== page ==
Of these 618 steamships, 88 wear the American flag, and of these, 19 are foreignbuilt vessels admitted to American registry. A few are wooden vessels. Americans own a steam tonnage in foreign trade under foreign flags considerably greater than tonnage of a corresponding value under our own flag. The tables show 64 steamships under the British, Belgian, and Hawaiian flags, a majority interest in which is held by American capital. An inquiry into the facts of ownership borders so closely upon the line of governmental interference with private business that this Bureau has made no effort to push that inquiry, but has merely invited information on the subject, which in some instances has been freely tendered, as the tables indicate. The replies do not, however, cover the entire field, and doubtless other steamships in the lists besides those indicated by italics are owned and controlled by American capital. This is indisputably the case in the West Indian fruit trade and the petroleum export trade, both of which are inadequately covered by the following tables. Information as to ownership under foreign flags, which is of prime consequence to legislative solution of our shipping problems, doubtless would have been more freely furnished had there been no apprehension on the part of Americans engaged in foreign steam trade under the only conditions in which it appears to be possible, that their investments might subject them to newspaper criticism.
So long as the laws forbid Americans to put under the flag and laws of their own country their own shipping, purchased abroad, this Bureau has not deemed it feasible to put to shipowners the purely hypothetical question whether, if the laws were changed, they would avail themselves of their own flag and their own laws.
It is assumed that Americans prefer their own flag and the protection of their own Government, and that when they are unable to show that preference the laws require amendment. Attention is particularly directed to the fact that the purchase of steamships abroad by Americans has developed rapidly during the last five years, as indicated by the recent year of build of the vessels so owned.
The tables return 360 vessels under the British flag and 13 under the Belgian flag; but as already indicated the distinction of flag is misleading, American citizens owning nearly all the steamships under the Belgian flag and a considerable percentage of those under the British flag. Seventy-five German vessels, 33 Norwegian, 29 French, and 20 Dutch vessels are returned, and the remainder under various flags.
The summaries observe the following order: First, concise statement of the flag, capital stock, when given, American investment, general nature of service, and period of voyage of the several lines, arranged under each port geographically, beginning with lines to Great Britain, with which the bulk of our transatlantic trade is conducted; then Germany, France, and other European countries, Asia, Africa, and South America. Trade to Central American, West Indian, Gulf, and Caribbean foreign ports and to the British colonies of North America, which is essentially a coasting trade as a matter of navigation, though classed as foreign on account of political divisions, is placed last. The numeral before each line is for ready reference to the corresponding numeral in the table of steamships with which each line conducts its trade from the same port.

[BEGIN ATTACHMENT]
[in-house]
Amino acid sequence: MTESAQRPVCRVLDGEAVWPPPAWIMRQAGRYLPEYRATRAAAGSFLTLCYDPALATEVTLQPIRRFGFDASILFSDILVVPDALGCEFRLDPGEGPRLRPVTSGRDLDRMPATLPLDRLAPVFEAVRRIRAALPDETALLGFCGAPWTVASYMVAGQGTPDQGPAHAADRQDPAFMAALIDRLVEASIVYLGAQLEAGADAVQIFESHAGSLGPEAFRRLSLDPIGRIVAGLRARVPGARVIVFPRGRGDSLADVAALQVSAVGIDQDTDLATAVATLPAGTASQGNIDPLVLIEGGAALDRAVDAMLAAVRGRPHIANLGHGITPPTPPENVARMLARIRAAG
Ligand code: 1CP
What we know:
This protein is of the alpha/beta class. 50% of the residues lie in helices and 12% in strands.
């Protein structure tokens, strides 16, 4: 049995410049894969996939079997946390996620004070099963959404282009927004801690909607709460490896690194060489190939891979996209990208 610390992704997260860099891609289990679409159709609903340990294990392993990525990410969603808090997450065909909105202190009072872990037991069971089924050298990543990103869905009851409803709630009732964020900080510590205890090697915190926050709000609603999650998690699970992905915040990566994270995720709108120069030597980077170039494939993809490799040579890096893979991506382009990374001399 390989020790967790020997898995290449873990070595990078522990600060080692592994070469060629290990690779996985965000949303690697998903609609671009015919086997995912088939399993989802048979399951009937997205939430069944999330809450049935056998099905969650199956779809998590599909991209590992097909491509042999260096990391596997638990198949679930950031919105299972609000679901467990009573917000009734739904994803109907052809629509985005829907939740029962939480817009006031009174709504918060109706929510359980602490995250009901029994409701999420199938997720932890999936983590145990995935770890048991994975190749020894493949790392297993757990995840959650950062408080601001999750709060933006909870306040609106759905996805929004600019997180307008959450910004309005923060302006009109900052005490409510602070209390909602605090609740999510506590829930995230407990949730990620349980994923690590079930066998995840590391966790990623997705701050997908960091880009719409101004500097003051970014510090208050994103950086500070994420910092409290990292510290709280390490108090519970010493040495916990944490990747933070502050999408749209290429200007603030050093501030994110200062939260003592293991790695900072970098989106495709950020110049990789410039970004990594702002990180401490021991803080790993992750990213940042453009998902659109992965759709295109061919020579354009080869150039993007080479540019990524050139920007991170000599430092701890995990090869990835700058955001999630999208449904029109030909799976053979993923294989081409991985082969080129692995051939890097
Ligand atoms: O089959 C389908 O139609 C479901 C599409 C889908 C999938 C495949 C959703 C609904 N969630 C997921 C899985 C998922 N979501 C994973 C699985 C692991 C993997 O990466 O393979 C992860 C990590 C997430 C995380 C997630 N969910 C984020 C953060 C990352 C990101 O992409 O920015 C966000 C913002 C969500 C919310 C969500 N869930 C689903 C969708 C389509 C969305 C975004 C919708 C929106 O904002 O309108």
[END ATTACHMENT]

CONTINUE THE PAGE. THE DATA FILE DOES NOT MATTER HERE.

The table of steamships gives, first, the name of each vessel. Names italicized indicate that a controlling interest in the vessel is American. The letter (a) indicates a foreign-built vessel, admitted to American registry; the letter (b) a vessel built in the United States. The flag under which the steamship sails, its gross tonnage, material of construction, and year of build follow. An approximate statement of the number of crew and value of each vessel has been furnished in many instances. Where not furnished, the Bureau, on the basis of information furnished by other lines, the description of the vessel, year and material of construction, etc., gives in brackets an approximation of the total number of crew and value of fleet of each line. The purpose of this line of inquiry has been, not to ascertain the precise value of each vessel and the size of its crew, but to get some measure of the field for capital and labor which established lines of steam communication to foreign ports already afford. The estimates are to be taken with that qualification. It is noted, too, that the valuations owners put on their vessels differ widely, some placing high, some low values upon them. Such variations in the aggregate doubtless offset one another.
A table of registered steam vessels of the United States, not included in the tabulation, is printed at the end of this Appendix, so that the view of American steam vessels registered for foreign trade shall be complete.
NEW YORK TO GREAT BRITAIN.
1. International Navigation Company (American, British, Belgian flags).-Capital stock, ———, of which the controlling interest is American. Express, passenger, and mail service weekly to Southampton. Average period of voyage, under 7 days. (See also Philadelphia.)
2. Cunard Line (British).-Capital stock in round numbers $10,000,000 (see annual report in Appendix L). Express, passenger, and mail service weekly to Queenstown and Liverpool. Average period of voyage, under 7 days. (See also Boston.)